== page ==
This week, one of my teammates couldn't make the game, so a player from another division subbed in. He was decent; I thought he was about average among the players on the court. I figured he was a good 6 or a bad 4, but when I looked him up on the league spreadsheet later, I was quite surprised to discover that he was div 2.

What was the point of that story that applies to Ultimate? Most people drastically overrate their ability to predict the relative strength of teams/players. In the case of the V-ball league, the idea to have divisions is a very good one. Div 1 has a guy who can two-hand dunk with ease and a former varsity volleyball player at Stanford. But with 7 divisions, the variation within a division is far greater than the variation between divisions. The league would be well served by 3 or 4 divisions. The rest is just noise.

The same is absolutely true in Ultimate. The only arguable exception is the few elite men's teams, which are pretty stable. As I said, you need to have a power pool at the top anyway, to attract the top teams. But even there, the worst "elite" teams usually have very little (if any) edge over the best "open" teams.

In conclusion, some stratification in preseason tournaments is a good thing. But there should be some room for crossover whenever possible, and care should be taken to not overstratify. It's easy to talk yourself into believing that there are several big obvious breaks in team strength, but the results will often defy such expectations.

Saturday, June 09, 2007

Getting the hang of this league thing (4 for 21)

Not too long ago, I posted jubilantly about winning the second league championship of my career, and the first in 17 tries. Now my personal winning percentage since the end of last fall is a neat 75%, as I captured the championship in two of the three spring leagues I played in.

Two of these leagues were fairly novel experiences for me. The first of those two was the first men's league I have ever played in. This was offered as a supplemental league to the mixed leagues by the local organization. The games were played on Sunday morning, before the mixed games started, so it was possible to double dip. This league was notable for a pretty high level of play. Every team was capable of putting out a full line of players with club experience, although a lot of these were masters players. In fact, one team, our finals opponents, were entirely masters eligible.

The finals game was a seesaw affair. The old guys jumped out to an early lead. They were running very efficient offense - using the "Boston" 4-man play, staying patient, and using any mismatches they had. On defense, they generated some key turns with their zone - ironically, most of our turns came from our oldest and most experienced players. We adjusted and started beating their zone with regularity, and got a few big D's ourselves, and managed to pull close at halftime. We came out in the second half with a lot more energy, and we got a lot smarter about matchups. We pulled ahead late in the second half, and then both teams got tired and we had some very costly and unnecessary turns. I was pretty sure the cap was going to deny us a comeback, but we managed a four goal run to close the game out and win by two.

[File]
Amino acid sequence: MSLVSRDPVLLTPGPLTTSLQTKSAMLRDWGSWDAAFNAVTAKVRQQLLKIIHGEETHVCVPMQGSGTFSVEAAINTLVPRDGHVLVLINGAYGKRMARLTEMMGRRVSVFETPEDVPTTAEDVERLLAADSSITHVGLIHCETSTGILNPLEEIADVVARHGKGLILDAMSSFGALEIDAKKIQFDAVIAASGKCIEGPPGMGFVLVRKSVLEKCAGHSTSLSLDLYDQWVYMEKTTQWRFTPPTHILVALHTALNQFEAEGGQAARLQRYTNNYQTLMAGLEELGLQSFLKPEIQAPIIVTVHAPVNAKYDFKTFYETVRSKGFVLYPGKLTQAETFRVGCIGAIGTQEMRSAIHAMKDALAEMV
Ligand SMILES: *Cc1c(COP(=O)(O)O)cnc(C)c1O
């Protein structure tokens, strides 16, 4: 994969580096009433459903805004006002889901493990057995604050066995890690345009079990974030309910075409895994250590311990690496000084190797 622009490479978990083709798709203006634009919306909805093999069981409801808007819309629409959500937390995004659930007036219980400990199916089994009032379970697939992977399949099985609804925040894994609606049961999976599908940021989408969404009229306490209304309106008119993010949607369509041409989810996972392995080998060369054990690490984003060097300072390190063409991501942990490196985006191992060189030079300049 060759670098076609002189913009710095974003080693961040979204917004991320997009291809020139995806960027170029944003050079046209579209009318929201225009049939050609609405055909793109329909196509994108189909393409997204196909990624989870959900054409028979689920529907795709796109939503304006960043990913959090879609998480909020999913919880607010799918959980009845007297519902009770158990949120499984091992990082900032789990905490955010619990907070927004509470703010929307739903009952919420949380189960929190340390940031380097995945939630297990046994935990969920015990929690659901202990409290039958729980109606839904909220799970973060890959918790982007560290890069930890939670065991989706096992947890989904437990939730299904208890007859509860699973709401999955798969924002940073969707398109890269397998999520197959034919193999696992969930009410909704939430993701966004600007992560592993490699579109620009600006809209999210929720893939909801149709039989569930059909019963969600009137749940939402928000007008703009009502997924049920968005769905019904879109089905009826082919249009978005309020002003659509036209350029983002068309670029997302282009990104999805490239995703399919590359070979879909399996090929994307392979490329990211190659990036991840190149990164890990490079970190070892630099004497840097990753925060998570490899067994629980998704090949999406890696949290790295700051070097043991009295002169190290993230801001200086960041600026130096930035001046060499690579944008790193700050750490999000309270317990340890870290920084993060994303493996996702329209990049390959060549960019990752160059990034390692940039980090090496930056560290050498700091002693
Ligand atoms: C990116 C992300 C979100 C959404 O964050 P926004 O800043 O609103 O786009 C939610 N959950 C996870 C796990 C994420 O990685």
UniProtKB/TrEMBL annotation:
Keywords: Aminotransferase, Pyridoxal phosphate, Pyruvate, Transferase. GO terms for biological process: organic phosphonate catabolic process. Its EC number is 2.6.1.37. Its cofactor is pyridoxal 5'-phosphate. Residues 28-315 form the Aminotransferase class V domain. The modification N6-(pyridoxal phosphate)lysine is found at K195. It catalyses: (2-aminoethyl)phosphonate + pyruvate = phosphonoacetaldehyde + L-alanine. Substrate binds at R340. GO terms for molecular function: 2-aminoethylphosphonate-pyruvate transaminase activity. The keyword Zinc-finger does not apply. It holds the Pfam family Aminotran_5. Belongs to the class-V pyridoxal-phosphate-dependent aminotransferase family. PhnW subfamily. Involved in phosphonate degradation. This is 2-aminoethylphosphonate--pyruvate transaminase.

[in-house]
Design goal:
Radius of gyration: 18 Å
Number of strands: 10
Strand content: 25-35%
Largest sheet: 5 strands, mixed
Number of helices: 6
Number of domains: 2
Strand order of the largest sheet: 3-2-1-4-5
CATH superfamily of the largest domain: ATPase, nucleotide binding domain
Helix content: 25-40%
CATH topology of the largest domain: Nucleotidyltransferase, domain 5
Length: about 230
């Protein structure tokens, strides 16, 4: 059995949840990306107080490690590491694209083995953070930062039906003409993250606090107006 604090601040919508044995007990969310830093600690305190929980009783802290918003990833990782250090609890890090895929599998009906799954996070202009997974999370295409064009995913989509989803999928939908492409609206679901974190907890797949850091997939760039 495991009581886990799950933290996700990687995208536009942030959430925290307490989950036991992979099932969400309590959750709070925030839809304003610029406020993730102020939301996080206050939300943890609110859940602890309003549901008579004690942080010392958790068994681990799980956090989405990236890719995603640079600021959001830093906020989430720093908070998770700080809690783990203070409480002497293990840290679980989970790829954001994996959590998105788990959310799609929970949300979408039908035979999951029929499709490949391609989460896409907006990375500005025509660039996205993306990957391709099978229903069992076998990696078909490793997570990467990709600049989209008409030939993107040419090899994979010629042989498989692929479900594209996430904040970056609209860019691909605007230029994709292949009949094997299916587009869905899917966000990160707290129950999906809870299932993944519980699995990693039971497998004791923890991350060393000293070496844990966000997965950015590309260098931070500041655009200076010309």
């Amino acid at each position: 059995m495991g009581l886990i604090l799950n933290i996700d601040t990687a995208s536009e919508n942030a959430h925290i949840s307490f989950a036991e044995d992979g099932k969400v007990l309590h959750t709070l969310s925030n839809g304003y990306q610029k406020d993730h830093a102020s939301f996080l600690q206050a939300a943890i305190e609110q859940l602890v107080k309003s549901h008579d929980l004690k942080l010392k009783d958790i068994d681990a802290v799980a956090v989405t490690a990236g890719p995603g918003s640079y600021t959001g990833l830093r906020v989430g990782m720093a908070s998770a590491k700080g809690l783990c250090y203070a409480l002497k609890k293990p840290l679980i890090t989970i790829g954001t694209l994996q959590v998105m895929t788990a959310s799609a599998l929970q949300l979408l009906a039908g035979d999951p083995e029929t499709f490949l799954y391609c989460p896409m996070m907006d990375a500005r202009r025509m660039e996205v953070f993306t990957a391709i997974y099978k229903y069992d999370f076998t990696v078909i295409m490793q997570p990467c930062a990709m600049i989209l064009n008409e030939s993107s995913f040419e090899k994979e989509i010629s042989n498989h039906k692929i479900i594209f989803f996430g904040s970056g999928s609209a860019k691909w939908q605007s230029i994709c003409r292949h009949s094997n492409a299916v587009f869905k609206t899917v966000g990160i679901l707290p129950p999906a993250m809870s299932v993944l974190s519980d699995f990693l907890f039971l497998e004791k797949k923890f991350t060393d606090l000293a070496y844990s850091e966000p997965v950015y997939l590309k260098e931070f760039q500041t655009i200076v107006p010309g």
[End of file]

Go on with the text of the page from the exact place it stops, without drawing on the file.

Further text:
The game was a nice contrast of styles, with the old guys running a mix of zone and man, and a straight stack offense, while we ran almost exclusively force backhand man defense and a horizontal stack offense. Personally, I had a pretty good game - two turns, including one of my three hucks, but a couple D's, a lot more touches than my man, and several goals, including a 60 yard backhand that tied the game in the final run.

I thought the experience of a men's league was a lot of fun. I don't think the spirit level was any worse than the mixed leagues, and the level of play was really high. I hope that (as I mentioned a while back) the league goes to a "overflow men play men's league" model, which will both increase the size of the men's league and improve the gender ratio of the mixed league.

The other "novel" league I played in was a clique league. I've played in a corporate league before, but it's been a long time, and other corporate leagues I've played in always required some ostensible link other than "we want to play together". This league was entirely open registration, and it showed in the talent spread. My team, which had several of my club teammates as well as some other strong pickups, probably had an average margin of victory in the 2:1 range. There was exactly one team that gave us trouble - another club-heavy team that had a couple of my teammates as well. In the regular season matchup (where we were missing all our tall guys except me), they beat us by 1. In the finals, we returned the favor.

We struggled in finals since our women had to play savage. Normally Yelena and Emily are a huge part of our success, but Yelena was worn out by halftime and Emily wasn't there. Still, we managed to gut out the win despite a pretty ugly final few points. I'm obviously biased, but I thought they made two very bad calls in the last three points, including a RIDICULOUS speed-up stall call on a goal. The game left a bad taste in my mouth despite the win, and it would have left a much worse taste had we lost.